react-redux package being geared towards integrating Redux with React, I personally do not feel the above has a React-first approach in mind. But I won’t spend this article discussing common developer complaints about Redux’s boilerplate!
While this step includes the mysterious actions
incrementX, I included them in the next section, as they are directly related to writing to the global state.
With all of that boilerplate out of the way, we can finally use the global state! We access and modify the state through the connected component’s props.
The end result looks like this:
Actions aside, the component itself is very easy to read!
Now that we’ve seen the familiar Redux implementation, let’s see how we can decrease the complexity above and turn it into a more readable, more intuitive React application.
reactn package. There is no asynchronous middleware. ReactN supports Promises out-of-the-box. You can remove the three aforementioned Redux dependencies and sigh in relief as your application drops by 213 dependency files and has a 13% smaller production bundle size when it uses ReactN instead.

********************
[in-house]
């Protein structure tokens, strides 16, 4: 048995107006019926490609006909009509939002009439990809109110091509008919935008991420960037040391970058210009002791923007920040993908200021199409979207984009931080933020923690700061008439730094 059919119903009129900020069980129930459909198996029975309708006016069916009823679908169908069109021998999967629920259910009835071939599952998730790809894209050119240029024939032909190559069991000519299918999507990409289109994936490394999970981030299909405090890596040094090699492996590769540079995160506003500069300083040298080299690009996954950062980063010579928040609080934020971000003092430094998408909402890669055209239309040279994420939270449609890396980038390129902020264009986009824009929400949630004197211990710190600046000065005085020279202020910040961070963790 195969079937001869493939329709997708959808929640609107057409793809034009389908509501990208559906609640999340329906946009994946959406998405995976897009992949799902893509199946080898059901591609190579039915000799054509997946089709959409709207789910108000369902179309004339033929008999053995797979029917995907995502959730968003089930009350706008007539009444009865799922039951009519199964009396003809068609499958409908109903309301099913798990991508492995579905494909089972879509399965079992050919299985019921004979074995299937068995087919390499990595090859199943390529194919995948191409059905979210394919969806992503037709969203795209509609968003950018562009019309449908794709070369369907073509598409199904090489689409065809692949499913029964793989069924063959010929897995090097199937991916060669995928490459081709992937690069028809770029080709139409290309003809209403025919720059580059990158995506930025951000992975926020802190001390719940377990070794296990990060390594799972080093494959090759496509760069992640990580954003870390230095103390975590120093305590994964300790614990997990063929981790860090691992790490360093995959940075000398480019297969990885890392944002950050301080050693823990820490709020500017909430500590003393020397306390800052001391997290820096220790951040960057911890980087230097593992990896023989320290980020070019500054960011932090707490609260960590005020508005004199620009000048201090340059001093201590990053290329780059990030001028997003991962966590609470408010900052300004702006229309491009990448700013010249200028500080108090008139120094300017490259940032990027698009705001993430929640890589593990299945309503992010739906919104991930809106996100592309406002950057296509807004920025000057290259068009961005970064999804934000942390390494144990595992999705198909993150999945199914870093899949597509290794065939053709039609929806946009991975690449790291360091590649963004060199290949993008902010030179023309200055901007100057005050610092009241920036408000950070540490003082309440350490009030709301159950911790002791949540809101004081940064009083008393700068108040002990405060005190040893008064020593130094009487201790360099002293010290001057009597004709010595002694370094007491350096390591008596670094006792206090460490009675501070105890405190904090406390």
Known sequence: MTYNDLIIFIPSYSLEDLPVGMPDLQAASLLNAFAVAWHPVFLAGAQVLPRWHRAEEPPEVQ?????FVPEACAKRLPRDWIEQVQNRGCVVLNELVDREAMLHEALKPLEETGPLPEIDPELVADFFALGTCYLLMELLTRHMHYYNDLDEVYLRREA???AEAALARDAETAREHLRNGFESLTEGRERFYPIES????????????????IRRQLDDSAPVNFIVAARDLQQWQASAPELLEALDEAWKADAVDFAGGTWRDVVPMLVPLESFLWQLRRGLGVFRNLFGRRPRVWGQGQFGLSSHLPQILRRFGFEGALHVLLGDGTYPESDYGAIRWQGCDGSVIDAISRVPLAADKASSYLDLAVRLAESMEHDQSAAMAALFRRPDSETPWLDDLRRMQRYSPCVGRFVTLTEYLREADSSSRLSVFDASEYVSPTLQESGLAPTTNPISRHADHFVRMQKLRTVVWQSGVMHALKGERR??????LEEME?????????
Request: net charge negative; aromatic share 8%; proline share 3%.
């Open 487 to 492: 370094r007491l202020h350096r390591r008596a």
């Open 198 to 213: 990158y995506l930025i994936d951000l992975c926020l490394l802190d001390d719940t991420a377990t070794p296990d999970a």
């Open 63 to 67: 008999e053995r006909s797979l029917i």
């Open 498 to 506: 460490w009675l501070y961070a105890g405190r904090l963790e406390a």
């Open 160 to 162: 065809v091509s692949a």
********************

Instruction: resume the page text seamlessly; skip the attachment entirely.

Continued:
The first of the cumbersome boilerplate, time to initialize the store and establish the reducers. Reducers and actions are optional in ReactN. I only include them here for a fair comparison, as we are using them in Redux. If you find reducers to be too much boilerplate, you are more than welcome to abstain from using them. A reducer-free alternative is provided later.
setGlobal to literally just set the global state. Great for initializing.
addReducer to add a reducer. Note that ReactN does not use actions. We call the reducer directly!
We’ve reduced the boilerplate from 640 bytes to 330 while including actions! More on that later — for this project, I wouldn’t create a
fetchData reducer at all. I only include it here for symmetry with the Redux application.
ReactN does not use higher-order components. To connect your components to the global state, you add one byte to your file.
I added an
n to the end of the package name, changing
reactn. That was it. Your
PureComponents now have access to the global state.
That was 728 less bytes of boilerplate! One less app-wide HOC and one less HOC per component.